I find it very fitting that Anna Kendrick’s character being a medical professional and therefore altruistic role ends up both pleading for a caring outcome (rather than killing Michael) and ends up herself volunteering to what is ultimately her own demise. I guess all the characters in this live up to the roles that they play and in the ways in which they ultimately approach this challenge. Toni’s character leads them to this difficult solution… Daniel’s character being the scientist tries to come to a scientific solution.. Anna’s character, as mentioned, takes on the caregiver role. And Shamier’s character Michael is the innocent in this situation; being the least experienced of the team. I found it interesting as well that one of the reasons for Anna’s character to sacrifice herself is that she did not have a family and I think that plays into an archaic gender role. Toni and Daniel’s characters can’t sacrifice themselves because they are core to the mission. One of the suggestions is that as Anna’s character does not have a family, that this makes her the preferred candidate. Does that devalue her as a person? It seems like that is implied. I guess it would be almost too easy for Michael, the person who stowed away, to sacrifice himself. It would be quite a boring ending.
I also found it interesting that basically all of the algae had died because of this situation, so their whole reason for going to Mars at all (for, I assume, terraforming Mars) is destroyed.. It makes me wonder what happened afterwards when they got to Mars. I mean, it’s sort of implied that they would have gotten to Mars in the end because the end of the film is Anna Kendrick looking out at the stars and you can faintly see Mars in the distance. It feels hopeful despite this great tragedy. But then when they get there, what are they even gonna do? Are they just gonna turn around and go back? I always find this question of terraforming other planets quite ridiculous anyway… It’s an age old theme but I find it so silly because we have a perfectly habitable planet that we live on right now but we just treat it like shit. If we just looked after the planet that we lived on, perhaps we wouldn’t need to have conversations about terraforming anything because the planet that we live on literally has everything that we need in abundance.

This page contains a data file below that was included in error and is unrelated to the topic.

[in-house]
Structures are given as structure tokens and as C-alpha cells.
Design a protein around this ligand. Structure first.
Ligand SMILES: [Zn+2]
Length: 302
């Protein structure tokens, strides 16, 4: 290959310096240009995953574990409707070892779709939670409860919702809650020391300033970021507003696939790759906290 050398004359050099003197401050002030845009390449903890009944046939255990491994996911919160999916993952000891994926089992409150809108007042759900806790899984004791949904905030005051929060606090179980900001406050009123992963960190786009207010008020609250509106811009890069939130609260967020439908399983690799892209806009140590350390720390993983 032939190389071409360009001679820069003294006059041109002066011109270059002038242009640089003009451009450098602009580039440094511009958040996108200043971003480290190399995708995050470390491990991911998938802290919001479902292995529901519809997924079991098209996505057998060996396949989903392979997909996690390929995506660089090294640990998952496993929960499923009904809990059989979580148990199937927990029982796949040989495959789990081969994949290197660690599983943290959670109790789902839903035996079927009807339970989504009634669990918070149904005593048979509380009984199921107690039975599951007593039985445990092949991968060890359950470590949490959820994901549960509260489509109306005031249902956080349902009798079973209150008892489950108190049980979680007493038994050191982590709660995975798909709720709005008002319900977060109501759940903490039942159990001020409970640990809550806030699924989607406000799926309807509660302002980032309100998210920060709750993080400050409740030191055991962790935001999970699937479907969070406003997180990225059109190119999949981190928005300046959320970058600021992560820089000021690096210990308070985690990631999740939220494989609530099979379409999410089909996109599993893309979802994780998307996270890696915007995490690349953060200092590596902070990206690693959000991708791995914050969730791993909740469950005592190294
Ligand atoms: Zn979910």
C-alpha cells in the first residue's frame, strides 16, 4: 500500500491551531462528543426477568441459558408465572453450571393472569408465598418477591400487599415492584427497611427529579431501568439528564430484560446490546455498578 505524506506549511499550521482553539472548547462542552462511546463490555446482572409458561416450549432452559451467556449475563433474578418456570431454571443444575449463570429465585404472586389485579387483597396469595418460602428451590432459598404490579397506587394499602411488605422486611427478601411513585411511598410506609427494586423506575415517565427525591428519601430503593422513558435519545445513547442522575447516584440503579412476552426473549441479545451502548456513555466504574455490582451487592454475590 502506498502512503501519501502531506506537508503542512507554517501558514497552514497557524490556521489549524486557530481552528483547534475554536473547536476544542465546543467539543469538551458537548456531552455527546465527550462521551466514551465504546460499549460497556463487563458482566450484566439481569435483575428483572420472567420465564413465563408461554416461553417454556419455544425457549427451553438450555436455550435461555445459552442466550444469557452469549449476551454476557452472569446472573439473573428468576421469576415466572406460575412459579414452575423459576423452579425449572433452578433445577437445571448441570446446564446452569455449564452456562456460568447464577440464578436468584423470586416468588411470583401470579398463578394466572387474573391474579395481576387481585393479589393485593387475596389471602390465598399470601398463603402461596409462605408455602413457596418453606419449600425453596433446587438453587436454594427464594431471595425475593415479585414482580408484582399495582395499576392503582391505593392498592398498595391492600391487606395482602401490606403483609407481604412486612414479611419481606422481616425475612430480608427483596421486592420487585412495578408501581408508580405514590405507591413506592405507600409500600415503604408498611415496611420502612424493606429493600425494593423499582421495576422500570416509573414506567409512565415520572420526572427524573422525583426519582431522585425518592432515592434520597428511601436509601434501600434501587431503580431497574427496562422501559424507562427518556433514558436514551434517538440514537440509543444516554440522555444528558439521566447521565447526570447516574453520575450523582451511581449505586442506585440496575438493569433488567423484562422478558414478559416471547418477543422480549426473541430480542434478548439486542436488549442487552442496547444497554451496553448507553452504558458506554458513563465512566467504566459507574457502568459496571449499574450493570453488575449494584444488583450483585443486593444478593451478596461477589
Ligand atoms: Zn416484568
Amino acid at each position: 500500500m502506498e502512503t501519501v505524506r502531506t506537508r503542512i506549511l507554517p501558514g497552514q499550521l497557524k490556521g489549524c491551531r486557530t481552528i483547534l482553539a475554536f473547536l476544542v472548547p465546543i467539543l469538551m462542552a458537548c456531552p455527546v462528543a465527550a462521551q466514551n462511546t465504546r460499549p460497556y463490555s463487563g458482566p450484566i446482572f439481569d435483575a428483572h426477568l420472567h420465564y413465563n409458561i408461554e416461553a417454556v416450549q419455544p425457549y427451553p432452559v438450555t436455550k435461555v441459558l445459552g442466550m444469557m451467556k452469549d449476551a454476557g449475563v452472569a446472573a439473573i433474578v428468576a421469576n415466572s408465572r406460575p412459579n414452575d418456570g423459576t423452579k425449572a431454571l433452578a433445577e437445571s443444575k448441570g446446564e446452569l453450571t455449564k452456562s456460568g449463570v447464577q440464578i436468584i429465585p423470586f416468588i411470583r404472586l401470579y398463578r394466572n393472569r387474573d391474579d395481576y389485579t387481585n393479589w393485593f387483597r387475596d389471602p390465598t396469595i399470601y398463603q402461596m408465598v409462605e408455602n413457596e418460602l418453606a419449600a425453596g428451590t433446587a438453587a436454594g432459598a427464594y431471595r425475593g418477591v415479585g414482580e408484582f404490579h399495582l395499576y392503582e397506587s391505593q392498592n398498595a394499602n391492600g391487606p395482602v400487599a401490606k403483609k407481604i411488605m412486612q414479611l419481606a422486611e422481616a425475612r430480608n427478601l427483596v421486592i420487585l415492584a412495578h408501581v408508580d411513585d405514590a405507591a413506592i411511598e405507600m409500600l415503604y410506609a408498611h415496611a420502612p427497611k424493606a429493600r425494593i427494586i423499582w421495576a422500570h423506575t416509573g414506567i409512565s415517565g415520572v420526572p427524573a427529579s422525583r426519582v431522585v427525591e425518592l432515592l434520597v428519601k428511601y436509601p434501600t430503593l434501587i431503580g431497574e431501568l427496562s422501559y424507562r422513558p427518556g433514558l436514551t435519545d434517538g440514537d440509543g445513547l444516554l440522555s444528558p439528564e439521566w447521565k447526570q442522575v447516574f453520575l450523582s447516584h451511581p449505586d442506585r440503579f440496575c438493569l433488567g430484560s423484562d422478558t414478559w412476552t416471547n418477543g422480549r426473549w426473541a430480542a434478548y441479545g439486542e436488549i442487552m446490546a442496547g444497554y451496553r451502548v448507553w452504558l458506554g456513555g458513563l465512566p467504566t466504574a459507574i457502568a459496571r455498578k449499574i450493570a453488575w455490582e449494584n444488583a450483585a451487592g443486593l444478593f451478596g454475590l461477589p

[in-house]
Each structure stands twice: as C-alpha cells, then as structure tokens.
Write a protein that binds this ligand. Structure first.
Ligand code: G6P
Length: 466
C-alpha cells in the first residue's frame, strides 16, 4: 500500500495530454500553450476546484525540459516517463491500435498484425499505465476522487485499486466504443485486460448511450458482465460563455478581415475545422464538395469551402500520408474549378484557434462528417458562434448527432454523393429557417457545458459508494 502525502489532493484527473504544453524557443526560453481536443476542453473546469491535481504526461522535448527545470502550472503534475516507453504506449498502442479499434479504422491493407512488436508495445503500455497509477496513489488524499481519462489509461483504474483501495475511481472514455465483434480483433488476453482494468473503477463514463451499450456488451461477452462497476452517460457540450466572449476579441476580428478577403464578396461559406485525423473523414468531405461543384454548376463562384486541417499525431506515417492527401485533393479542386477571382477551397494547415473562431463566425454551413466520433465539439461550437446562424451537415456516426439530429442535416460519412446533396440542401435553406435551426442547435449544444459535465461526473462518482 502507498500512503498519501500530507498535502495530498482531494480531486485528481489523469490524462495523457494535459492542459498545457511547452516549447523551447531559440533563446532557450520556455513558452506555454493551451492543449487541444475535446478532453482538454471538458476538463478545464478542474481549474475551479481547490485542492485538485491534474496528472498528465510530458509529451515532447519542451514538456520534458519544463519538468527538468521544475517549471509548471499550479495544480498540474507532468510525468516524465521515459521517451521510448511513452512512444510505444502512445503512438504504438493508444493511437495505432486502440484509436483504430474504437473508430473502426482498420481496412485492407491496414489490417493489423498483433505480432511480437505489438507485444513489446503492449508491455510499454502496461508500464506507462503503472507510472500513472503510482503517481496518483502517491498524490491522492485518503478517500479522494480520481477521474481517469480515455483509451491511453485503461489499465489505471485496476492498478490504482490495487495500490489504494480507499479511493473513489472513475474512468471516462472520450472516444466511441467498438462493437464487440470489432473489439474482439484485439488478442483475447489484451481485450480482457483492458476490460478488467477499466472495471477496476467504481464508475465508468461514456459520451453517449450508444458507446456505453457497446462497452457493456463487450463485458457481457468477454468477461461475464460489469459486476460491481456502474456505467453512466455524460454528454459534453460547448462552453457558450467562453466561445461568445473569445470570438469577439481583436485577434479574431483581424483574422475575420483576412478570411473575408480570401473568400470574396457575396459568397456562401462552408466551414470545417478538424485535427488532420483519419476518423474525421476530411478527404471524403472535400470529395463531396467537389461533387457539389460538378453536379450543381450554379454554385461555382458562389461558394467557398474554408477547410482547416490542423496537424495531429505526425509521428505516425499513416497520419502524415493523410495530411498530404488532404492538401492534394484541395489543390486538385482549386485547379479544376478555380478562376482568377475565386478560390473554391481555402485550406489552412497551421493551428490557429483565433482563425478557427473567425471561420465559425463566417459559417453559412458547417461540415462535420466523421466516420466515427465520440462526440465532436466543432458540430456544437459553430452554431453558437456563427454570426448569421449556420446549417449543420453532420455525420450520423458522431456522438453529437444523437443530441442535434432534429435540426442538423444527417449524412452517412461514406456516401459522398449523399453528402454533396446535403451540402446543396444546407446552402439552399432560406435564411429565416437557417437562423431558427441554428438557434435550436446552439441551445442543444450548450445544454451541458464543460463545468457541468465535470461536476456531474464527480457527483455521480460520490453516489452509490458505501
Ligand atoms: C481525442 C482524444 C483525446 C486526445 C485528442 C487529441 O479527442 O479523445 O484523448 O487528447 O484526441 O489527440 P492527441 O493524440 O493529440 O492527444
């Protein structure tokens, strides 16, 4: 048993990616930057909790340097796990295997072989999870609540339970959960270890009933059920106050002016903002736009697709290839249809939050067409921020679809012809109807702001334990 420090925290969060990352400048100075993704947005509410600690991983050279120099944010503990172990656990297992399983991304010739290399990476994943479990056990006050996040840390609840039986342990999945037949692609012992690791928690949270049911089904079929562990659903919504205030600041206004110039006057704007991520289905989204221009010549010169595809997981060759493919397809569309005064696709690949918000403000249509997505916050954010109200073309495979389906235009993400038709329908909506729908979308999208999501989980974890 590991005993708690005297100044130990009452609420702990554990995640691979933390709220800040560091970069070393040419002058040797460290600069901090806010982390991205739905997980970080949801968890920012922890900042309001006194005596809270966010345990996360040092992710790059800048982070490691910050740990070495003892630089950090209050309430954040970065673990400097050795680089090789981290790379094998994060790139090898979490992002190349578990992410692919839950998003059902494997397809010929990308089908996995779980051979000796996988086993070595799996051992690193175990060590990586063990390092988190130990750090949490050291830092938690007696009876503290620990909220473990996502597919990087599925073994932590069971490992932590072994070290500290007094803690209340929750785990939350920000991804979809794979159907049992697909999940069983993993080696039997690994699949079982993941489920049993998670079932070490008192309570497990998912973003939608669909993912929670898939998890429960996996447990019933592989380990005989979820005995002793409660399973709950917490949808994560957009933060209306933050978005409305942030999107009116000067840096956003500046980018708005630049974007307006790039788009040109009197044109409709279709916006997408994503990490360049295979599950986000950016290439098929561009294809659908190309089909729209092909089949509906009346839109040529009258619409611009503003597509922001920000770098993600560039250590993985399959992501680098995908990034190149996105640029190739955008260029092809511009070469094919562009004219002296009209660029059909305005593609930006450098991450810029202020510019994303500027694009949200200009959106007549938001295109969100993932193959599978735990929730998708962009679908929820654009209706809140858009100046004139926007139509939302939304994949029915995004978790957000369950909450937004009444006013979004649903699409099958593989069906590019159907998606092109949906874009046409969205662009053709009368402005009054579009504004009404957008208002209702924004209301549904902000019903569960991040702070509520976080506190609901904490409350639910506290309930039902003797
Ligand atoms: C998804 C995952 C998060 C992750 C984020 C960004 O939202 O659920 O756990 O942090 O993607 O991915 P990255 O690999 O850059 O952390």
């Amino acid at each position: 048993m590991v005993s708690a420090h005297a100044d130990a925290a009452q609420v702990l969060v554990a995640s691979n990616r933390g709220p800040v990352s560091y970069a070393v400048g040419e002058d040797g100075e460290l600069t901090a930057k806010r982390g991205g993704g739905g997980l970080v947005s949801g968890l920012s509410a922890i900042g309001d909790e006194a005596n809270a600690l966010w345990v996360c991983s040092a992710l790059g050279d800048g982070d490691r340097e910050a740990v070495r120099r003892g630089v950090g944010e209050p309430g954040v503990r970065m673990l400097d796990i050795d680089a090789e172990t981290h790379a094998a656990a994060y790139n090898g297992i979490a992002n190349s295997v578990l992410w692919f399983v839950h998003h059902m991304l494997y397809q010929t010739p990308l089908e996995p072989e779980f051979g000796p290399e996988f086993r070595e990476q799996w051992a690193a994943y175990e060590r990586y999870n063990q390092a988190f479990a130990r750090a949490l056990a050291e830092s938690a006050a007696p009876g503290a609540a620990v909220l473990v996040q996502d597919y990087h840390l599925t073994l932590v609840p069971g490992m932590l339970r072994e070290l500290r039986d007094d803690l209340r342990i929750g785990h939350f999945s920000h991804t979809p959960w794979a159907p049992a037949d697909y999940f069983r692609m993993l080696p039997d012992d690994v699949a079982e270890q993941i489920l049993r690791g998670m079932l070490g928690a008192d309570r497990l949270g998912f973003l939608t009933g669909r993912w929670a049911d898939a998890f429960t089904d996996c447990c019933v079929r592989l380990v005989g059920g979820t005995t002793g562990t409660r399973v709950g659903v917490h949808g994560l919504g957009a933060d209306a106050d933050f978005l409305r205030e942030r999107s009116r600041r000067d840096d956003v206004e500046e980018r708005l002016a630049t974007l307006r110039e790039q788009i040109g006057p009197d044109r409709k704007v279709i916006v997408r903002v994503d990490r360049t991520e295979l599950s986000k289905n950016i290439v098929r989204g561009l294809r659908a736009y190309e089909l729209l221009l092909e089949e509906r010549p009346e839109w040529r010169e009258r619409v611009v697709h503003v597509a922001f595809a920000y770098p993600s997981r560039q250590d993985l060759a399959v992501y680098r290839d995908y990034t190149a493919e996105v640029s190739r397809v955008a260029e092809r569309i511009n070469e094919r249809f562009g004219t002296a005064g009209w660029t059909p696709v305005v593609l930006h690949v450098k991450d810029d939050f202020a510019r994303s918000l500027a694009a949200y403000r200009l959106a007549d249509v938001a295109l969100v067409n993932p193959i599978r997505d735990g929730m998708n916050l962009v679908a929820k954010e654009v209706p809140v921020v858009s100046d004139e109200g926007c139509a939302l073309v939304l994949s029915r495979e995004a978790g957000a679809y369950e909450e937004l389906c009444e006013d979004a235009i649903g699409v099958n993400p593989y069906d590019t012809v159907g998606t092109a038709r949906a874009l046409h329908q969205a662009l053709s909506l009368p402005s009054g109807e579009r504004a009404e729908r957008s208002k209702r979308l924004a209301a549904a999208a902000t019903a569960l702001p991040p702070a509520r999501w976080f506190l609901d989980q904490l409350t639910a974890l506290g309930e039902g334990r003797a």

I really like that they never truly address why Michael has stowed in the ship because it almost seems irrelevant. It’s a mystery but knowing ‘why’ would not actually help them in their situation. I mean, I assume Michael was desperate to be part of this mission and that’s why this happened but equally he could have been fixing something and got stuck there in the module. Often in films where there is a stowaway, usually they’re young, maybe they’re trying to run away from something, or it’s something or someone evil putting the crew in danger intentionally. And so I think this was a really nice twist because this character Michael was actually very innocent. You can tell he is very troubled by his presence causing such a consequence, and that he did not wish to hurt anyone.
So all in all, simple concept and interesting moral conundrum. Well acted. At times stunning CGI. But quite a predictable film I would say. Still worth the watch.